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, 9 (11), e112963
eCollection

Pilon: An Integrated Tool for Comprehensive Microbial Variant Detection and Genome Assembly Improvement

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Pilon: An Integrated Tool for Comprehensive Microbial Variant Detection and Genome Assembly Improvement

Bruce J Walker et al. PLoS One.

Abstract

Advances in modern sequencing technologies allow us to generate sufficient data to analyze hundreds of bacterial genomes from a single machine in a single day. This potential for sequencing massive numbers of genomes calls for fully automated methods to produce high-quality assemblies and variant calls. We introduce Pilon, a fully automated, all-in-one tool for correcting draft assemblies and calling sequence variants of multiple sizes, including very large insertions and deletions. Pilon works with many types of sequence data, but is particularly strong when supplied with paired end data from two Illumina libraries with small e.g., 180 bp and large e.g., 3-5 Kb inserts. Pilon significantly improves draft genome assemblies by correcting bases, fixing mis-assemblies and filling gaps. For both haploid and diploid genomes, Pilon produces more contiguous genomes with fewer errors, enabling identification of more biologically relevant genes. Furthermore, Pilon identifies small variants with high accuracy as compared to state-of-the-art tools and is unique in its ability to accurately identify large sequence variants including duplications and resolve large insertions. Pilon is being used to improve the assemblies of thousands of new genomes and to identify variants from thousands of clinically relevant bacterial strains. Pilon is freely available as open source software.

Conflict of interest statement

Competing Interests: The authors have declared that no competing interests exist.

Figures

Figure 1
Figure 1. Simplified overview of the Pilon workflow for assembly improvement and variant detection.
The left column depicts the conceptual steps of the Pilon process, and the center and right columns describe what Pilon does at each step while in assembly improvement and variant detection modes, respectively. During the first step (top row), Pilon scans the read alignments for evidence where the sequencing data disagree with the input genome and makes corrections to small errors and detects small variants. During the second step (second row), Pilon looks for coverage and alignment discrepancies to identify potential mis-assemblies and larger variants. Finally (bottom row), Pilon uses reads and mate pairs which are anchored to the flanks of discrepant regions and gaps in the input genome to reassemble the area, attempting to fill in the true sequence including large insertions. The resulting output is an improved assembly and/or a VCF file of variants.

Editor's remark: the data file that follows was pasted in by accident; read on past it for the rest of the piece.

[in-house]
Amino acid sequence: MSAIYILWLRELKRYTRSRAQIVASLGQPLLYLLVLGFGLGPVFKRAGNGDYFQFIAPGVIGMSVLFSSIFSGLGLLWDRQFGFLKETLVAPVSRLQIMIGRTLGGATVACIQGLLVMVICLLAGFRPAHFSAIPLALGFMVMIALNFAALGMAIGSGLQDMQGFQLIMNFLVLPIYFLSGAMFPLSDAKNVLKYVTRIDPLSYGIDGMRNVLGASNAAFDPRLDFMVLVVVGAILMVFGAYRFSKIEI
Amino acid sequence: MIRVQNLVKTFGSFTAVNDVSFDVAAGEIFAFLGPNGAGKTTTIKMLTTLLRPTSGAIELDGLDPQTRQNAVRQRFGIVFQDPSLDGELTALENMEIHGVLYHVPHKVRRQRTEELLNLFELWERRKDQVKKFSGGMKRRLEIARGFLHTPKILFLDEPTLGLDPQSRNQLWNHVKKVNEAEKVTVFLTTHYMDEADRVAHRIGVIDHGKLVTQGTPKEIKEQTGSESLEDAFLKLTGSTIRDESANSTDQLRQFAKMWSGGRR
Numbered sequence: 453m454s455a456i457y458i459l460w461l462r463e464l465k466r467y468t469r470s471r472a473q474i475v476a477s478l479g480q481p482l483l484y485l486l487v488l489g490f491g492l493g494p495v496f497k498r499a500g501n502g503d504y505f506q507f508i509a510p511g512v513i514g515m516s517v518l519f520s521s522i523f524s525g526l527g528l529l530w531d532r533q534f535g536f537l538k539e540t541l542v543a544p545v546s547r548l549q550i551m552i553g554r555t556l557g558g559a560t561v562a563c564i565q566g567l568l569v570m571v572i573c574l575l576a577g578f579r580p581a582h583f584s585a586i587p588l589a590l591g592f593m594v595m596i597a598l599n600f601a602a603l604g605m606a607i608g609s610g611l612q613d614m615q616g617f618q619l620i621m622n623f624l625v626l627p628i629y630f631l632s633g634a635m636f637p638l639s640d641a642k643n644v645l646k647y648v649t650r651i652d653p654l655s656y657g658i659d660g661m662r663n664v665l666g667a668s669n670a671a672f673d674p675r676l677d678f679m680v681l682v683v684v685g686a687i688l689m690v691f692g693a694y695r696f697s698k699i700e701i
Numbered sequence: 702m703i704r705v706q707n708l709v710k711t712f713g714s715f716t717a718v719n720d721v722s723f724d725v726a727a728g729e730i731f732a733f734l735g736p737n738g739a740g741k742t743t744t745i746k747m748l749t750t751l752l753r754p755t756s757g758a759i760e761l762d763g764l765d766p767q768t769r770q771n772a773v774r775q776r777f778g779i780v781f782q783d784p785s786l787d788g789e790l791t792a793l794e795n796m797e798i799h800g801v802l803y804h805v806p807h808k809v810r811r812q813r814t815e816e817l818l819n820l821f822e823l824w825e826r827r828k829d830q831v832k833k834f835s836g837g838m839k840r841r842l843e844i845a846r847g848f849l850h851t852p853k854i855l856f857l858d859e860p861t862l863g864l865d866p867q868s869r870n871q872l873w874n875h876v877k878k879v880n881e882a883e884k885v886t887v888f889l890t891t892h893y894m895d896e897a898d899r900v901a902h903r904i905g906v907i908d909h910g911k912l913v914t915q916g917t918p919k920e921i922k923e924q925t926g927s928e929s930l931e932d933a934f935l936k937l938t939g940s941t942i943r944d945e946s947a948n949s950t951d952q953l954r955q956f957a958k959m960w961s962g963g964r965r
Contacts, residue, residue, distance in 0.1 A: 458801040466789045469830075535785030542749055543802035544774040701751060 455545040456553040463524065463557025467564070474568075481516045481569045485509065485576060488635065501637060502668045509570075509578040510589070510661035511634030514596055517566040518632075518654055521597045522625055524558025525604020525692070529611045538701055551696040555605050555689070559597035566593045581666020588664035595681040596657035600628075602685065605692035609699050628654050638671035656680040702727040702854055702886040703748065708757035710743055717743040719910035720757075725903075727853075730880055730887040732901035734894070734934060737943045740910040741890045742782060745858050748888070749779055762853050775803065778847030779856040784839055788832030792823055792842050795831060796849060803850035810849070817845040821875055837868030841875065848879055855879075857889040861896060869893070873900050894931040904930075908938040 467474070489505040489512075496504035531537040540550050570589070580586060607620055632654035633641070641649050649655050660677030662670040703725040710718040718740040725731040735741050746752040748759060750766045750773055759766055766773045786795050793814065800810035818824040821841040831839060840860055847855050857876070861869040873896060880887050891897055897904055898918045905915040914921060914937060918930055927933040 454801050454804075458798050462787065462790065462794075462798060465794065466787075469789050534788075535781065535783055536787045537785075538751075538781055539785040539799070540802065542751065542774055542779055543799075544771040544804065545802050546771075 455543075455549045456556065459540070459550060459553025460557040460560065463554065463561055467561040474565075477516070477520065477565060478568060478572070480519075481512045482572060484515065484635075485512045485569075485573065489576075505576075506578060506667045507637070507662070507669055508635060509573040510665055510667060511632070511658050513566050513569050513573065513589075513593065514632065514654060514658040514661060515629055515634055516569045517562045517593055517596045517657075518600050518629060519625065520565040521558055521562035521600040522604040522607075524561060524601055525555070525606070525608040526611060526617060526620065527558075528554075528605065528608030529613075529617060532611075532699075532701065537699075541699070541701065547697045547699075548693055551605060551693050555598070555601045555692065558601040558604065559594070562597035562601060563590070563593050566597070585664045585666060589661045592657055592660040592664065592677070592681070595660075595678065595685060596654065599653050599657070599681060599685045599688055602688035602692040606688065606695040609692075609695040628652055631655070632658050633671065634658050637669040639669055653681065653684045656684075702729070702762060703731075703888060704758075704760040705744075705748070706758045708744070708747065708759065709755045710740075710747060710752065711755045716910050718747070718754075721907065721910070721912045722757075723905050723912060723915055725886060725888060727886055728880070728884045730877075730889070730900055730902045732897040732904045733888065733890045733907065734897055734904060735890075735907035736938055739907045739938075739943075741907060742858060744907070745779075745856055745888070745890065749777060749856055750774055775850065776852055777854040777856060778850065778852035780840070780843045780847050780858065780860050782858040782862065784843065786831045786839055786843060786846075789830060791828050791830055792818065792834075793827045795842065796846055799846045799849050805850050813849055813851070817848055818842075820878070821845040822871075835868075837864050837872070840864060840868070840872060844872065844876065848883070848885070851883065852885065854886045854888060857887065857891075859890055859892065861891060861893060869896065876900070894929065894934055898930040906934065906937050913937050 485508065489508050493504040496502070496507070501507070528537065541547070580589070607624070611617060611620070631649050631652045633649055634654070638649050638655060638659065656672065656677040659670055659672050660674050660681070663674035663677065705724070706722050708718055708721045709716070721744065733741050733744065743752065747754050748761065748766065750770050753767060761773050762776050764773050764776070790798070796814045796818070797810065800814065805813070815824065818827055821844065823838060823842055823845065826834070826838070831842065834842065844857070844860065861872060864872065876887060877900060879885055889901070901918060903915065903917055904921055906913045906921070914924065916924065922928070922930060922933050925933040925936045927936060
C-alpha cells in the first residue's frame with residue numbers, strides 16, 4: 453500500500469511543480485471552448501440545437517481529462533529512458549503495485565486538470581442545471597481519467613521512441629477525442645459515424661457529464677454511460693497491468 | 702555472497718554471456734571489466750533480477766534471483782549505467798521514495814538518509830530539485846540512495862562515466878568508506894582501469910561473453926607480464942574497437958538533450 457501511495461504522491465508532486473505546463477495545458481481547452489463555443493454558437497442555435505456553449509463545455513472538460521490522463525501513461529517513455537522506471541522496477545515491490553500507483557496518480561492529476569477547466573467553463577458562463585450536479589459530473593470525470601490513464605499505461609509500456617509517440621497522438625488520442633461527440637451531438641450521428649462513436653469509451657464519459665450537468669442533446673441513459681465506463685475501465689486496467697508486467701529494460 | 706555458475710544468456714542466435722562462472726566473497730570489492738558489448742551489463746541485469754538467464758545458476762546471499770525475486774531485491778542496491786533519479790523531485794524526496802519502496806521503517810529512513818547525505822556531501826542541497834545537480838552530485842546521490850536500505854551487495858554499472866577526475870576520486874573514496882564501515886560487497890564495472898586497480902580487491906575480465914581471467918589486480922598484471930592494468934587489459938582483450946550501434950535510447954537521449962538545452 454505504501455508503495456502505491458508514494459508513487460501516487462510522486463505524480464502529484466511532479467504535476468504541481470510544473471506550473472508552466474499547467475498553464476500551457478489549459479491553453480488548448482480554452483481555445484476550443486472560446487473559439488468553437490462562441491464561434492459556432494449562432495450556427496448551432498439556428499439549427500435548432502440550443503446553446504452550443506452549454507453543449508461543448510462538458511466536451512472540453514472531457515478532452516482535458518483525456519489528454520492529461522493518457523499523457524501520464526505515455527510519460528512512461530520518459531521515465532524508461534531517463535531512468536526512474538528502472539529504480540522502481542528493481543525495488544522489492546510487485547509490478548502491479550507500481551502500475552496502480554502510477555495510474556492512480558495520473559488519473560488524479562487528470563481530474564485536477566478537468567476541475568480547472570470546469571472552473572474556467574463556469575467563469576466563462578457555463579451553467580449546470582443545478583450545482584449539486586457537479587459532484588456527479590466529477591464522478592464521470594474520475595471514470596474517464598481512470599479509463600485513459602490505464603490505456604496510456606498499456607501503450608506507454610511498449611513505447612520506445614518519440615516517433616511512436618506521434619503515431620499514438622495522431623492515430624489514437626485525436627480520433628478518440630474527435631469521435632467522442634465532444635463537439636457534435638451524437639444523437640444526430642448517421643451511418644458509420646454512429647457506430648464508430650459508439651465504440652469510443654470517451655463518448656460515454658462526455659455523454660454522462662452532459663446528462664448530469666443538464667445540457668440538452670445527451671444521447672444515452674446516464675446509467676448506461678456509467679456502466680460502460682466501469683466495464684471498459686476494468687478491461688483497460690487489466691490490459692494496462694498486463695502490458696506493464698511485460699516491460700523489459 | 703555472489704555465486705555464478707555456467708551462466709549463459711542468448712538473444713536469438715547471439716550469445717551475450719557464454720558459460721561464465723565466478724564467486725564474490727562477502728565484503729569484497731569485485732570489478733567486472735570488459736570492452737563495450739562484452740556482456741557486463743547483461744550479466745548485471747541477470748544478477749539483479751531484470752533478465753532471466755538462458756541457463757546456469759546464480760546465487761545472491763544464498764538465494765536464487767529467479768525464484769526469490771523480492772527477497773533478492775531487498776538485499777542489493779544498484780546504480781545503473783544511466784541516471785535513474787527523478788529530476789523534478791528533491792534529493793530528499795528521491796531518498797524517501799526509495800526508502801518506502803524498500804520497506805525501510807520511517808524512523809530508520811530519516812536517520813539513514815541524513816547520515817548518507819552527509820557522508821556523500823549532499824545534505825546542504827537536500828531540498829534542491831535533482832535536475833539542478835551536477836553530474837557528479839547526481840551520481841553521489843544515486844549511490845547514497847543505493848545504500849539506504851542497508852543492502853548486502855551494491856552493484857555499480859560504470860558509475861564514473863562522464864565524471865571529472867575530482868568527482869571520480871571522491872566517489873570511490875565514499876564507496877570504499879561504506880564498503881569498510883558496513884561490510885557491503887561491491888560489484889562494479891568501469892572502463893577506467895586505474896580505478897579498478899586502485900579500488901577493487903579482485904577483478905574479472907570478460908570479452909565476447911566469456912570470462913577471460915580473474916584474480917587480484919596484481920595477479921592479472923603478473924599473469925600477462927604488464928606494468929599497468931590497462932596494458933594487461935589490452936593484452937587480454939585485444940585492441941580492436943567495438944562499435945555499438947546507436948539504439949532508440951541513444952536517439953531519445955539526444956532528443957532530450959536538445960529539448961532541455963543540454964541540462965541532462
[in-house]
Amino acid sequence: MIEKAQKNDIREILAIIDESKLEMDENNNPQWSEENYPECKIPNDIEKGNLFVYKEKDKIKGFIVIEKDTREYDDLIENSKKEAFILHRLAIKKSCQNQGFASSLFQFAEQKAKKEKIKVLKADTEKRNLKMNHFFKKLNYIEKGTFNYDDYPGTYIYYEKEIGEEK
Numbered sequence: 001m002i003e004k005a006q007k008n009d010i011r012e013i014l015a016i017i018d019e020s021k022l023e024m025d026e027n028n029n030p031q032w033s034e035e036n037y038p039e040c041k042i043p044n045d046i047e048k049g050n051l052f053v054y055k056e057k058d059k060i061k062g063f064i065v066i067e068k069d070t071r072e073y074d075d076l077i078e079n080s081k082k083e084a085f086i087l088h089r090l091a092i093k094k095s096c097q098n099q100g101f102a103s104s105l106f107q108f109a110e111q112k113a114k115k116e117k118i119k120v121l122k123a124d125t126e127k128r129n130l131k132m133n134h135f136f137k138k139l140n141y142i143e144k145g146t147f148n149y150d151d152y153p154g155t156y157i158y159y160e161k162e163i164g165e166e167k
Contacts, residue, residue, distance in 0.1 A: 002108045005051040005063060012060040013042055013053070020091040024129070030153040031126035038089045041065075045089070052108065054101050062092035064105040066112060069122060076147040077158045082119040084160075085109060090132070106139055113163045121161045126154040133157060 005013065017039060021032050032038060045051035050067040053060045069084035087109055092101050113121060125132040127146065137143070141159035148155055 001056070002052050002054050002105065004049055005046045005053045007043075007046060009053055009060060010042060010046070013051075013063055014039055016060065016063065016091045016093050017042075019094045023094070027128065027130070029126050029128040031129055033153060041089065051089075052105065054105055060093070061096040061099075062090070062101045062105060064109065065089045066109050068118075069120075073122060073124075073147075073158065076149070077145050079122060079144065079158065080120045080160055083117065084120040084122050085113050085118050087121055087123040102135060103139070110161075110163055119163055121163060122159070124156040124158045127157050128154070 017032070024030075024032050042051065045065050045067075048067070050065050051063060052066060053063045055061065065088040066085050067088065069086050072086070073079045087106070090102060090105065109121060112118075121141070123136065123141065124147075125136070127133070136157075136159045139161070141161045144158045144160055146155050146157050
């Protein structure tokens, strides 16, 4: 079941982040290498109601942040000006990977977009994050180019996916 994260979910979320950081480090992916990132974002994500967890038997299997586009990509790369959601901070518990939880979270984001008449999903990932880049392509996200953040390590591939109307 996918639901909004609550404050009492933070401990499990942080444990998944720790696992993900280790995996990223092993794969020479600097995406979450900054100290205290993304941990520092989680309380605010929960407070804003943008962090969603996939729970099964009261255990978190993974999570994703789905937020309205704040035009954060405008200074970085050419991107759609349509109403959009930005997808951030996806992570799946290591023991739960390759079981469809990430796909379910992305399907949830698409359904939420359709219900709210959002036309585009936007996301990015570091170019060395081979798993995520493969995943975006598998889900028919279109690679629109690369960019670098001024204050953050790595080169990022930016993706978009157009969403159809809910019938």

Figure 2
Figure 2. Example Pilon generated genome browser tracks.
This region was flagged by Pilon as containing a possible local mis-assembly, but Pilon was unable to determine a fix due to a tandem repeat sequence. The tracks shown here include: Pilon Features track indicating the extent of the region flagged by Pilon as containing a potential mis-assembly, Valid Coverage track indicating the sequence coverage of valid read pair alignments excluding the clipped portions of the alignments, Clipped Alignments track indicating the number of reads soft-clipped at each location, Pct Bad Alignments track indicating the percentage of the total reads aligned to each location which are not part of Valid Coverage. These tracks are created with the ‘—tracks' command-line option. Together, these tracks reveal the true bounds of the mis-assembly, and indicate that there are likely missing copies of the tandem repeat in the draft assembly. In this case, manual analysis revealed the draft assembly was missing two of three full copies of a 57-base tandem repeat.
Figure 3
Figure 3. Comparative view of a transposase-rich region of the M. tuberculosis F11 genome (coordinates 1,991,000 to 2,006,300) obtained from the draft (A) and Pilon-improved (B) assemblies.
In the draft assembly, three regions containing transposases (shown in blue) remained unassembled resulting in gaps. In the Pilon-improved assembly, all three sets of transposases were successfully assembled. The Pilon-improved assembly also contained a hypothetical gene, TBFG_11790 (shown in red), missing from the draft assembly. Though TBFG_11790 was not fully closed in the Pilon-improved version, closer inspection revealed that there was a 42 bp overlap in assembled sequence at this site. By default, Pilon will not close gaps unless there is at least 95 bp overlapping sequence to minimize spurious joins.
Figure 4
Figure 4. Venn diagram of the overlap in false negative (A) and false positive (B) calls by the three variant detection tools, Pilon, GATK UnifiedGenotyper and SAMtools.
False negative calls are the number of unique events from the curation set that was missed by each tool. Overlaps in the Venn diagram show the number of variants that were missed by multiple tools. False positive calls are the number of predictions from M. tuberculosis F11 that were not supported by the curation set. Overlaps indicate predictions that were shared among tools.

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